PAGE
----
So yes, I am realistic and Alex perhaps more pedantic. It's not only time but also costs that are involved. We could get a glass finish on the carbon fibre and we would double the price on the part easily as an example. At least a 2 step moulding process would have to be followed if not more. Laying the A surface, curing and then the supportive layers etc. We don't need that level of precision however for this application. 

« Last Edit: October 28, 2016, 04:19:44 PM by Air »

Online Air

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Re: Air Loudpeakers
« Reply #169 on: November 25, 2016, 06:24:31 PM »
The last few weeks has been pretty much a waiting game and therefore no progress update. We have been busy in the background with doing a new plug and mould for the carbon part that will correct the variances we were not happy with and we are also in the process of machining a new mould for the plywood parts, the 3rd attempt. So lots of lessons learned and school fees paid in the process.

We also did some research and asked for quotes for the machining of the aluminum baffle. This part is critical not only acoustically but also for the final appearance of the speaker. So we are looking at the best outfits to assist with the machining this part. Until today we were a bit concerned that we would not get the quality that we want. Quotes were far apart as well. We shortlisted 3 machine shops in Cape Town and 1 in Johannesburg and Alex did  site visits and we are now more confident that we can get to the quality level that we aim for. The tweeter waveguide profile in front of the tweeter and the back where the tweeter bolts in the baffle with the think lip are quite tricky aspects but the sample that one outfit machined today is very encouraging. The pics show the sample. So its seems that we will still get some baffles machined in 2016.  :)




Online Air

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Re: Air Loudpeakers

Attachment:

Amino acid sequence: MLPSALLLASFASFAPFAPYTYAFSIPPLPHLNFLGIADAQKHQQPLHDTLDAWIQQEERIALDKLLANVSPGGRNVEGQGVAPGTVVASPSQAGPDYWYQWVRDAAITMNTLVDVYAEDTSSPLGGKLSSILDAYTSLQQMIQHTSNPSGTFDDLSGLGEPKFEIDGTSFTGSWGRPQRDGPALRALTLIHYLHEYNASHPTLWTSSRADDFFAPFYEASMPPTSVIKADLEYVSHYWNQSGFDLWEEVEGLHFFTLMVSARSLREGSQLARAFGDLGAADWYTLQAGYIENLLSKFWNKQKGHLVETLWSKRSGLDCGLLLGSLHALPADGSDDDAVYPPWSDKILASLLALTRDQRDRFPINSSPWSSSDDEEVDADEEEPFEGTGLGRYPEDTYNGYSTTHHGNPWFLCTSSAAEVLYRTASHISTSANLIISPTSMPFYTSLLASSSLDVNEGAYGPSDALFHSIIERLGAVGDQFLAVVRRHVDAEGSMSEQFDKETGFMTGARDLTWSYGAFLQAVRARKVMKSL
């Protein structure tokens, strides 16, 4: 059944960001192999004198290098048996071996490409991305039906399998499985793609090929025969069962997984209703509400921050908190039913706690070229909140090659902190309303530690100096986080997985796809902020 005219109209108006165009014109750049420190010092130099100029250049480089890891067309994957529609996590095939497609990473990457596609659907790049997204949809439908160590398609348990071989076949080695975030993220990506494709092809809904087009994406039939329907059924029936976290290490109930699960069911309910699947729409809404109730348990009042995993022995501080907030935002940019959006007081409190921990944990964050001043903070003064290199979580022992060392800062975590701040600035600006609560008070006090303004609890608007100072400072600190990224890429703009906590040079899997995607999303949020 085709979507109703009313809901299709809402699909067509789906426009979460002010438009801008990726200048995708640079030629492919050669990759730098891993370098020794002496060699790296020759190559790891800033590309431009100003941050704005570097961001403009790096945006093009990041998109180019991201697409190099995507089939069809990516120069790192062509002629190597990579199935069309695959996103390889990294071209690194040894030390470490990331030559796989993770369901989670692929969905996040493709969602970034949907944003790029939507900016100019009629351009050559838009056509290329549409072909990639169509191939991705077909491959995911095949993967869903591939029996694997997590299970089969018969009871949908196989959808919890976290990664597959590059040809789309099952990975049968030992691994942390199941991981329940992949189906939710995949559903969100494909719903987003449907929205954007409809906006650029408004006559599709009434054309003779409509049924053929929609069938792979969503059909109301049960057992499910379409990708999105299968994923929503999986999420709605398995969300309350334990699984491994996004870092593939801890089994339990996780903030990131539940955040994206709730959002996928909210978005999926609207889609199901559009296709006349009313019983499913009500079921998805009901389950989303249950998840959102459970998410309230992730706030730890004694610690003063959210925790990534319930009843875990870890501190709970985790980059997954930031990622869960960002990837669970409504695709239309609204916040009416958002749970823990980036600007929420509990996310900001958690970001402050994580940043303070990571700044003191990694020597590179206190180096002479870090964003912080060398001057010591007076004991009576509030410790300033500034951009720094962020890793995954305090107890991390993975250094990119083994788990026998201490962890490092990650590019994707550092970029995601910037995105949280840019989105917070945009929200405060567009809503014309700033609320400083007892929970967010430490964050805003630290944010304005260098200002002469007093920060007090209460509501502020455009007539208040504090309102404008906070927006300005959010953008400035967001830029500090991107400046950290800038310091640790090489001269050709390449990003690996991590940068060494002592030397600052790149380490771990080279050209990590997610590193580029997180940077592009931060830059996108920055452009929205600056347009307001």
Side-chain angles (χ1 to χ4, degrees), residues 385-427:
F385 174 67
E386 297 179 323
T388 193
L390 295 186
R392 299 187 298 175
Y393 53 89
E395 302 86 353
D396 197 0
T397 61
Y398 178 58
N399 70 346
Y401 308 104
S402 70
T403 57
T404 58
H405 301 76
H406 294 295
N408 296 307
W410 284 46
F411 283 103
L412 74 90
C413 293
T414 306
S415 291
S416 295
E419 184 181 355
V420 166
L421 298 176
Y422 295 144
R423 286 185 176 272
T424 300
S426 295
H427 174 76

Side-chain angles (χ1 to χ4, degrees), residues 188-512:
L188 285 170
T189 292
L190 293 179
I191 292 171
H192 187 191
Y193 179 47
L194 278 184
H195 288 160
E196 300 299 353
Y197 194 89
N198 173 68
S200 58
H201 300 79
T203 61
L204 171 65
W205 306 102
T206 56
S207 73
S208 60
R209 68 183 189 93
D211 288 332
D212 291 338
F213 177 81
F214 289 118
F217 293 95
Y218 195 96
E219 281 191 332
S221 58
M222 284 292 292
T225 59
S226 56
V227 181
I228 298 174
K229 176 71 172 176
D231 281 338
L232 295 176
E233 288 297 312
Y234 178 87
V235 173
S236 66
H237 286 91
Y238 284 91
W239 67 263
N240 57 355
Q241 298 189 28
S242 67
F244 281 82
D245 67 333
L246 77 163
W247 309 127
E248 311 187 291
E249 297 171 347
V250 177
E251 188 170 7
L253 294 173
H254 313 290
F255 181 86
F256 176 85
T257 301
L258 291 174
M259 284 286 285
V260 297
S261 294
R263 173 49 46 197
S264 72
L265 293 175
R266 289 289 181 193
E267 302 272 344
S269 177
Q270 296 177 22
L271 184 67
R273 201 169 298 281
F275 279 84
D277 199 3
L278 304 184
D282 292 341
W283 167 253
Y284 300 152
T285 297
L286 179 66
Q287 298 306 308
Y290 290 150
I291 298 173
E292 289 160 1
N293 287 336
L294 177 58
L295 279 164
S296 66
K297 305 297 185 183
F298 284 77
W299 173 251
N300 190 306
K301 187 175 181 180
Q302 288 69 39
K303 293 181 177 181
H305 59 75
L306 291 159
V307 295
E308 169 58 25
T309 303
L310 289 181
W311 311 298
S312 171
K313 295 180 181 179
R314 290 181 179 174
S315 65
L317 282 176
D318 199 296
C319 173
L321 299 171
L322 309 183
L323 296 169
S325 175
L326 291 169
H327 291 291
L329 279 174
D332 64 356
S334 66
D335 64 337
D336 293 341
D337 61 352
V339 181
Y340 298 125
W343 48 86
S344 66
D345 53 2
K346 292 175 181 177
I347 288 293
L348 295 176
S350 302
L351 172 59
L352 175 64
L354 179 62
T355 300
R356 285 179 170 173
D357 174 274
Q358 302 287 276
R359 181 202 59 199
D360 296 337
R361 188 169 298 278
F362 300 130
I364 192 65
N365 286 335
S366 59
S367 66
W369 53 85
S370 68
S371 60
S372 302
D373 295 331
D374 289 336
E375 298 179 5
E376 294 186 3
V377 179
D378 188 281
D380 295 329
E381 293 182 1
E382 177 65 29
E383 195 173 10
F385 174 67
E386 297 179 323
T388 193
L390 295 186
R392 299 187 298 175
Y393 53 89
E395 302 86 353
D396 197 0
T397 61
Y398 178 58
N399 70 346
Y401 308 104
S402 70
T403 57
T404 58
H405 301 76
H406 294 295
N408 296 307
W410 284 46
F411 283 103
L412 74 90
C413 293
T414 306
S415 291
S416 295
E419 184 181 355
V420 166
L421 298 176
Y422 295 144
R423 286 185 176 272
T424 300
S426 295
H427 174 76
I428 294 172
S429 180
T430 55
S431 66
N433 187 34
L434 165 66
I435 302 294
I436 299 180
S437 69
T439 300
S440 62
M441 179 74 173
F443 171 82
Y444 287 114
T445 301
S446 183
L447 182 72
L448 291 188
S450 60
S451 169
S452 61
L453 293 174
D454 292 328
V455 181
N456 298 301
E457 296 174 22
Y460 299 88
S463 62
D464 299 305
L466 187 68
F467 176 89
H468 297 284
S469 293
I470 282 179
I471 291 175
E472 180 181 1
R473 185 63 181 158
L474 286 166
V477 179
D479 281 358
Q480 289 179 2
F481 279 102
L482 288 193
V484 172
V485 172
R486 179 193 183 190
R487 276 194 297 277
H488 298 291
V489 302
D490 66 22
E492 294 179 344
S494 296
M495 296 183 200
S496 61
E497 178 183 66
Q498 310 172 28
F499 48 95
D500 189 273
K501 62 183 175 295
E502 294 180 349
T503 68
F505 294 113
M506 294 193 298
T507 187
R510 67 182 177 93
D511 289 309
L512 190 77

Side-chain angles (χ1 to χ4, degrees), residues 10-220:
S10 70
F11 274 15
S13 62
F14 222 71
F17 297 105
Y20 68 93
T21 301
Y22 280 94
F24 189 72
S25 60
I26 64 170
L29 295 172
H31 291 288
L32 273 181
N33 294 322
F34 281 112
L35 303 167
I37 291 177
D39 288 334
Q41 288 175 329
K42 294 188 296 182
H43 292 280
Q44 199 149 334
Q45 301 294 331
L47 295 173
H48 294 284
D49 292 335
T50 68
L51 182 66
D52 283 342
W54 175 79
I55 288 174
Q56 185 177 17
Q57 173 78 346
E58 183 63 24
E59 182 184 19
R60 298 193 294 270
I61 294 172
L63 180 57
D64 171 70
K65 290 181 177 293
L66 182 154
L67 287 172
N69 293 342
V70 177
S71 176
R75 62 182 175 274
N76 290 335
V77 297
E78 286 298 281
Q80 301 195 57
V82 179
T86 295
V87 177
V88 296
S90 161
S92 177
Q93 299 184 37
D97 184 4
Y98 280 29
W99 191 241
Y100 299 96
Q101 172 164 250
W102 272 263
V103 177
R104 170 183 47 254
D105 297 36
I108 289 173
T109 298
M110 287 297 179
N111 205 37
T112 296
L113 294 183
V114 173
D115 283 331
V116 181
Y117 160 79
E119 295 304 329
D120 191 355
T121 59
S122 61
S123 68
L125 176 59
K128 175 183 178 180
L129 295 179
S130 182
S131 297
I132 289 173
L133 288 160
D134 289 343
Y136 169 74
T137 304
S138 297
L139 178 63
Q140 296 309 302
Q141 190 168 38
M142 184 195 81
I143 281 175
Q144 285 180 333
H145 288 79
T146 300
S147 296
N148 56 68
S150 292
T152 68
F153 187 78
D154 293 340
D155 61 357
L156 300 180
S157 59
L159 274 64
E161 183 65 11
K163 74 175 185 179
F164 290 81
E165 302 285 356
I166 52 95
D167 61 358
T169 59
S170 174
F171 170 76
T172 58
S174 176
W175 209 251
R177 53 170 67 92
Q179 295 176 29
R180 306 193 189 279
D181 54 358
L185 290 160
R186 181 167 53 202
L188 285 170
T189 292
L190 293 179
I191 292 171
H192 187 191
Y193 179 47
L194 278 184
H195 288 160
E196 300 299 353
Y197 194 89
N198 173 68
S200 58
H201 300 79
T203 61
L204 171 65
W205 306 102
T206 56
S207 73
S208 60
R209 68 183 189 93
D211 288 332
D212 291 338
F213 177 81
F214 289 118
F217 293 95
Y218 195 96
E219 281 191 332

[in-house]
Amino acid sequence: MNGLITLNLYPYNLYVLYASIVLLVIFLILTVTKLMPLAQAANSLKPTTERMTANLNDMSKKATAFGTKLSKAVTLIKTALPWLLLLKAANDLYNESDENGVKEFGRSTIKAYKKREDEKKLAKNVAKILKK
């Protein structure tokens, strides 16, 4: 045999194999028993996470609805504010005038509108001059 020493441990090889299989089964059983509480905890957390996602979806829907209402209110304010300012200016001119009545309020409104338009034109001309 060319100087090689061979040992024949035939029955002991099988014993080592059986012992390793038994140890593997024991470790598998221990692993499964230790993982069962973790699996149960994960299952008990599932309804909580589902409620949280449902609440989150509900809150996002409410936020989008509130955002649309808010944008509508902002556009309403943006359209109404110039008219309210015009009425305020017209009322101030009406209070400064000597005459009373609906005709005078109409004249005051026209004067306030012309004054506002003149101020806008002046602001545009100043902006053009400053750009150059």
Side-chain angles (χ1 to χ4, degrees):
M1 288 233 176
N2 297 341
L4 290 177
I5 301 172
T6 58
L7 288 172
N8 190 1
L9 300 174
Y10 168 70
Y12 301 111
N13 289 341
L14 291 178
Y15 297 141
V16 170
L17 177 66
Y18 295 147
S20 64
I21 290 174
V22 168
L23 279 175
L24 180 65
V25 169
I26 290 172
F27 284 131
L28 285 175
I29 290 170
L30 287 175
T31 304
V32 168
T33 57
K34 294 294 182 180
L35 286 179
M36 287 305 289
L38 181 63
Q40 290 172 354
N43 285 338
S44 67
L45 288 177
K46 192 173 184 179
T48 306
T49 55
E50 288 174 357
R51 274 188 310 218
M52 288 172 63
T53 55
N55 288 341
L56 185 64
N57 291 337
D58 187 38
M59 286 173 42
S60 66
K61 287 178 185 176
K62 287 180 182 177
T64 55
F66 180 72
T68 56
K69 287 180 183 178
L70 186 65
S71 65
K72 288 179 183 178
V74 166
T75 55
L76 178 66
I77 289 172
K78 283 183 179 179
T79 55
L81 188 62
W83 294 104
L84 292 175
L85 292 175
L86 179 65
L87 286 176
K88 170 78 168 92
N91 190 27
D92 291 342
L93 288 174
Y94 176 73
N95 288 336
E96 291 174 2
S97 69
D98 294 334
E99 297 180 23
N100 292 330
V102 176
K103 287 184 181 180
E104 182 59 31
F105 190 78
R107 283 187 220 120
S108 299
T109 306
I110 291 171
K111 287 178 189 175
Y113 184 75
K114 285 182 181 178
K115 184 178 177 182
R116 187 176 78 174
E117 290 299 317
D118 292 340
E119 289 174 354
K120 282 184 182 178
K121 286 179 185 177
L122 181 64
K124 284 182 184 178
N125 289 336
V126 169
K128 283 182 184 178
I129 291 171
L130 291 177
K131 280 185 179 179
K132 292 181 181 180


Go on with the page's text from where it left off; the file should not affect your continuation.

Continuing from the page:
« Reply #170 on: December 30, 2016, 03:40:11 PM »
So it is almost 2017 and this will probably be my last post for 2016. I said, in the beginning of the year, that we will launch the new speakers in 2016 and I was optimistic( as usual) but the project has gained so many new dimensions in both design and execution that I am not disappointed with the progress at all. The pics below is of an important part, namely the baffle of the VivacÚ. We were adamant to get it right and I think the results speak for itself. Not only is the baffle technically/acoustically critical, we also have the view that it is the face of the product and nothing should be left to chance. All the major parts have now been refined and we will go ahead with the manufacturing of more units for the 1st speakers to be assembled. We still need some work on the port, but the rest is done and dusted.



















Offline SeanS

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Re: Air Loudpeakers
« Reply #171 on: December 31, 2016, 10:24:06 PM »
most impressive attention to detail, well done. I suspect you will have a positive 2017  :thumbs:

Offline Nicholas

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Re: Air Loudpeakers
« Reply #172 on: January 01, 2017, 09:05:45 PM »
Wow, that is great work, very high level of engineering.

What is your plan with the finish on the baffle? Looks brushed, not easy to get perfection when dealing with rounds...

Looking forward to seeing and hearing the finished product, you are really busy with something special.

Offline Nirvana

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Re: Air Loudpeakers
« Reply #173 on: January 02, 2017, 10:48:27 AM »
Yep,we're all waiting with bated breath to see and hear the prototypes (prolly none more so than Stefan himself),but he is doing things wisely and thoroughly.

    So,plenty of  :coffee: for  :drool:
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Online Air

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Re: Air Loudpeakers
« Reply #174 on: January 03, 2017, 11:20:55 AM »
hi SeanS, Nicholas and Nirvana, I really appreciate your interest and appreciation of our efforts with this project. The proof will be the sound and looks but I firmly believe that the fanatical attention to detail from the bottom up or rather inside out will pay off in the final product. I can't wait for the year to be in full swing so we can tackle the last stretch.

As for the finish of the baffle Nicholas, we will anodize it black. We are currently investigating options and talking to potential partners in this regards.

All the best for 2017, may you all have lots of good things, mostly the things you really need but also a few sweeteners to make it a special and memorable year.
Stefan

Online Air

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Re: Air Loudpeakers